For me, I didn't fully understand Django until I learned Flask. Flask started at ground zero: a hello-world application. In 7 lines of code and two terminal commands a new user can have an application up and running. There's no discussion of ports, databases, or assumption that Flask is installed already. It takes a total noob, gets them up and running, and then starts things off in an easy-to-read format. There's even a separate forward for experienced programmers.

Once I had deployed a Flask project and tried Django again, I finally understood what was actually going on in Django (and its strong points). Now, after using both for many projects (both large and small), I thought I'd ask: Do you think the Django tutorial needs a rewrite? If so, what would you do to change it? I'm also curious to know what your experience with web development, python development, and MVC was before you started learning Django.

My opinion: The Django Documentation direly needs an overhaul to appeal to the MVC/MTV/Python framework noob. It simply introduces too much, too fast. Sure, the Admin is cool...but does it belong in the tutorial? Sure, a HUGE part of Django is the ORM/models...but do we really need to start talking about databases before introducing other parts of the framework?

On page one of the tutorial, the new user is instantly hit with Database setup, creating models, migrations, and the python shell. On page two, we completely switch gears and play with the admin. Finally, on page 3, we talk about views and actually displaying our own content on the front-end. It's true, Django is a HUGE framework when compared to Flask. But is it really appropriate to drown the new user in so much, so quickly?

submitted by rnevius to django
[link] [31 comments]

Posted on 27 October 2014

We are the authors of High Performance Django. Ask Us Anything!

Hi r/django! We recently published High Performance Django and are having a live Q&A session this Thursday, October 16th at 19:30 UTC. We'll be taking questions from IRC (#lincolnloop on Freenode), Twitter (use #hpdjango) or here and answering them on a live Google Hangout. Fire away with any questions you have about Django, deployment, scaling, etc. and we'll do our best to answer them!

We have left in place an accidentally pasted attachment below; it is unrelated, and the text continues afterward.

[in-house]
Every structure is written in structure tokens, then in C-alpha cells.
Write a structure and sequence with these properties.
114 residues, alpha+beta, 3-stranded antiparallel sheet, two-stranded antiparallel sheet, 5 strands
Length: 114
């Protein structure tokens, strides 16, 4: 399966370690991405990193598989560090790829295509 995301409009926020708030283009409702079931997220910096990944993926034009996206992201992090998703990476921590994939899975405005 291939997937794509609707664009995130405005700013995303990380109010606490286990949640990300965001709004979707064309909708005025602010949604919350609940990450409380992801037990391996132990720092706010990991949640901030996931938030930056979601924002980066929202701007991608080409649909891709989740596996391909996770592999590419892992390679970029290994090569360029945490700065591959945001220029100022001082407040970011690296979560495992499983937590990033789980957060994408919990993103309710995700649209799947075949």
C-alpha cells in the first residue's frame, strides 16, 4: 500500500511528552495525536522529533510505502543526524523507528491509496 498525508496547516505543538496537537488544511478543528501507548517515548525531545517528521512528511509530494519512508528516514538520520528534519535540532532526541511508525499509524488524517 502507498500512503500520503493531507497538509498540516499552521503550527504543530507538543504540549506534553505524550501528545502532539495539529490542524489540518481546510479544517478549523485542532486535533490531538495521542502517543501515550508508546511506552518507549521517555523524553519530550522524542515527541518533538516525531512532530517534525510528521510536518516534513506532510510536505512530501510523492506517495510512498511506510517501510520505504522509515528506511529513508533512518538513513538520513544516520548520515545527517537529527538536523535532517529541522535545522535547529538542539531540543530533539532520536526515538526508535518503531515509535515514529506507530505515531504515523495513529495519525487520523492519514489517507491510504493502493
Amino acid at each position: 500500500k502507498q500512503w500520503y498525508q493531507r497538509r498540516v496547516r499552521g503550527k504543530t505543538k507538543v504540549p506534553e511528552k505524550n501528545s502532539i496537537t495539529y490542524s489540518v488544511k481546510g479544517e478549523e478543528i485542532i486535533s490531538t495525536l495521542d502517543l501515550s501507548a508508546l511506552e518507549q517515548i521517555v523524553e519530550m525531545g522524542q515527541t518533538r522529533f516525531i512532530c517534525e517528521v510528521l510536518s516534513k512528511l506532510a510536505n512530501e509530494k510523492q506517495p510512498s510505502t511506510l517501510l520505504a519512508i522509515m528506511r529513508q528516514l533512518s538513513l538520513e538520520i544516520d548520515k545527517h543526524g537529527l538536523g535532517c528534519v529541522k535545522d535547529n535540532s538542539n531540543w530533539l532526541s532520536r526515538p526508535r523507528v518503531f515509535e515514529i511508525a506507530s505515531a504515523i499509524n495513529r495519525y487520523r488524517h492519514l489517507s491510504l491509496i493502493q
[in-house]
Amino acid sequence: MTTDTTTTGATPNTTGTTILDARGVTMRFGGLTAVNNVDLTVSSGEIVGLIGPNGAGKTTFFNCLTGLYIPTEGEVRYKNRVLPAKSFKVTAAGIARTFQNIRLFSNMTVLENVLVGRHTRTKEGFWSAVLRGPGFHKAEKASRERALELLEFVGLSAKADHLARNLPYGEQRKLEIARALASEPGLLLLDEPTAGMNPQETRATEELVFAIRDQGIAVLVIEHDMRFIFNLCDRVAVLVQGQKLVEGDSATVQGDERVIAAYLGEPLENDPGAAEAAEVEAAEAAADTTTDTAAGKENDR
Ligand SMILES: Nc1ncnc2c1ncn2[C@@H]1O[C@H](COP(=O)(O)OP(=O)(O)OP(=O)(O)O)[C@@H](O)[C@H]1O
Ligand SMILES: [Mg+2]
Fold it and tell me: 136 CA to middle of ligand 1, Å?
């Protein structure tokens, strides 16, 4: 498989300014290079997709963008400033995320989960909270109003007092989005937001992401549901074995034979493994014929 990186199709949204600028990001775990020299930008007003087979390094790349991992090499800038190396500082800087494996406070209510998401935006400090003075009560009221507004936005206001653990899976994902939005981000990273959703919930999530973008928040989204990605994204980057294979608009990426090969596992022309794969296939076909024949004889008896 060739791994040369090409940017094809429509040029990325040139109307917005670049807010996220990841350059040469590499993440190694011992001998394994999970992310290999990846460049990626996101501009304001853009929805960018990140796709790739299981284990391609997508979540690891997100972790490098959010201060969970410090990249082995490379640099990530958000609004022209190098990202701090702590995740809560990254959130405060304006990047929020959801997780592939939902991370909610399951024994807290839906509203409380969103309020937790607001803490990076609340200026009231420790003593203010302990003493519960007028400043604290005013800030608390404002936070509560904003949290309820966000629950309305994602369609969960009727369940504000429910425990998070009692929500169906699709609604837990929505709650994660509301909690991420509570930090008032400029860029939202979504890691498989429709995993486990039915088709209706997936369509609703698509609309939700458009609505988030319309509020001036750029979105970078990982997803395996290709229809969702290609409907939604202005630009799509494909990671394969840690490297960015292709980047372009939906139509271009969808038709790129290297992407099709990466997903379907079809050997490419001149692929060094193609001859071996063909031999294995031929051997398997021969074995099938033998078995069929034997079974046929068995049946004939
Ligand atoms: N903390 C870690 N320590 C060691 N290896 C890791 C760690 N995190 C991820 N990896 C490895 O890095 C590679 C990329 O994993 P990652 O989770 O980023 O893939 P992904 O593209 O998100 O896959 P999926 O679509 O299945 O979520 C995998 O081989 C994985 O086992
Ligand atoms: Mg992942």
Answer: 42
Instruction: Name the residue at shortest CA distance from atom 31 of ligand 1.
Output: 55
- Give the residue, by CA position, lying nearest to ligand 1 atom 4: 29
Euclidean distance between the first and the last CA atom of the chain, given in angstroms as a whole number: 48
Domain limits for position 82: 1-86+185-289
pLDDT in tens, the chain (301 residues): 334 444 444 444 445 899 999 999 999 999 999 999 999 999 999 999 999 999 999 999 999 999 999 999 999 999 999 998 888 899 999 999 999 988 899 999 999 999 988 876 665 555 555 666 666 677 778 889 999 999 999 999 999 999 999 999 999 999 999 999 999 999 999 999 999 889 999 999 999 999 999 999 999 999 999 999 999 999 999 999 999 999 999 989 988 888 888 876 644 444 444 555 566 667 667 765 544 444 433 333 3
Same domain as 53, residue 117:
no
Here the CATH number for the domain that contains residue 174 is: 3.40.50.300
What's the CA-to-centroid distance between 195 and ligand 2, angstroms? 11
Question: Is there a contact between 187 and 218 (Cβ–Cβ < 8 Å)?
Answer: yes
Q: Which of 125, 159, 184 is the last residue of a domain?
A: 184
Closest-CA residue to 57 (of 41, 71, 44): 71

You can tune in at

submitted by ipmb00 to django
[link] [48 comments]

Posted on 14 October 2014

Lets just dream Django 2.0

This post is more for a little fun than anything else. The idea behind it is you create your wish list of features for Django 2.0 it can be as sensible or far out as you like.

Personally I would love to see complete support for nosql (kind of speaks for it self) I would also love to see a full wsgi server built into django something like gunicorn by default so deployment becomes a breeze (not that its really hard at the moment).

submitted by mattwritescode to django
[link] [60 comments]

Posted on 7 August 2014

You have all been a huge help to me in my Django journey, so I thought I'd share what you helped build

Around 13 months ago, I decide to learn Python and Django so I could start building some website ideas I had. Previously, I just knew HTML and CSS and was using the ExpressionEngine CMS to build sites. It served the purpose and was good enough I guess, but I couldn't customize anything as I didn't know PHP. I wanted to be able to make changes to the way the site worked so it would do what i wanted and not have to bend around what the CMS could do. So... after 13 months of work learning Python and Django well enough to feel like I could start on this site, I dove in and with a lot of help from you folks here, I've launched:

It's a site where golf addicts like myself can signup, share, discover and discuss all things golf. Aside from being able to post links (the site uses beautifulsoup to scrape the url and return data), members can follow each other, favorite links, like links, report links, comment, and like comments. I built a basic reputation system into it that keeps track of points when each users does something on the site, i.e., submits a link or comments.

Some apps I used:

Thanks for looking!

submitted by dsizemore to django
[link] [25 comments]

Posted on 25 June 2014

Django VS. .NET

Hi, my client is asking me why we chose Django for his project and why it was a better choice against .NET I don't know .NET, can you help me explain why (and if) Django was actually a better choice than .NET for their website? Can you post some "literature" about the argument? To better understand the project, consider it is a custom CMS, totally built on AJAX requests.

submitted by carusog to django
[link] [52 comments]

Posted on 17 March 2014

Django Unchained. Dr. King Schultz being a Dentist explained.

In Django, one of our heros Christopher Walt'z' Dr. King Schultz at one point was a Dentist-which seems like a strange offbeat choice to have a character have that as an occupation at first. Dig a little deeper and start looking at the naming conventions of the film.

You have Dr. King Schultz, a third party outsider who's current job is to thwart the evils at hand and the spreading issue of racism and slavery running rampant throughout the south.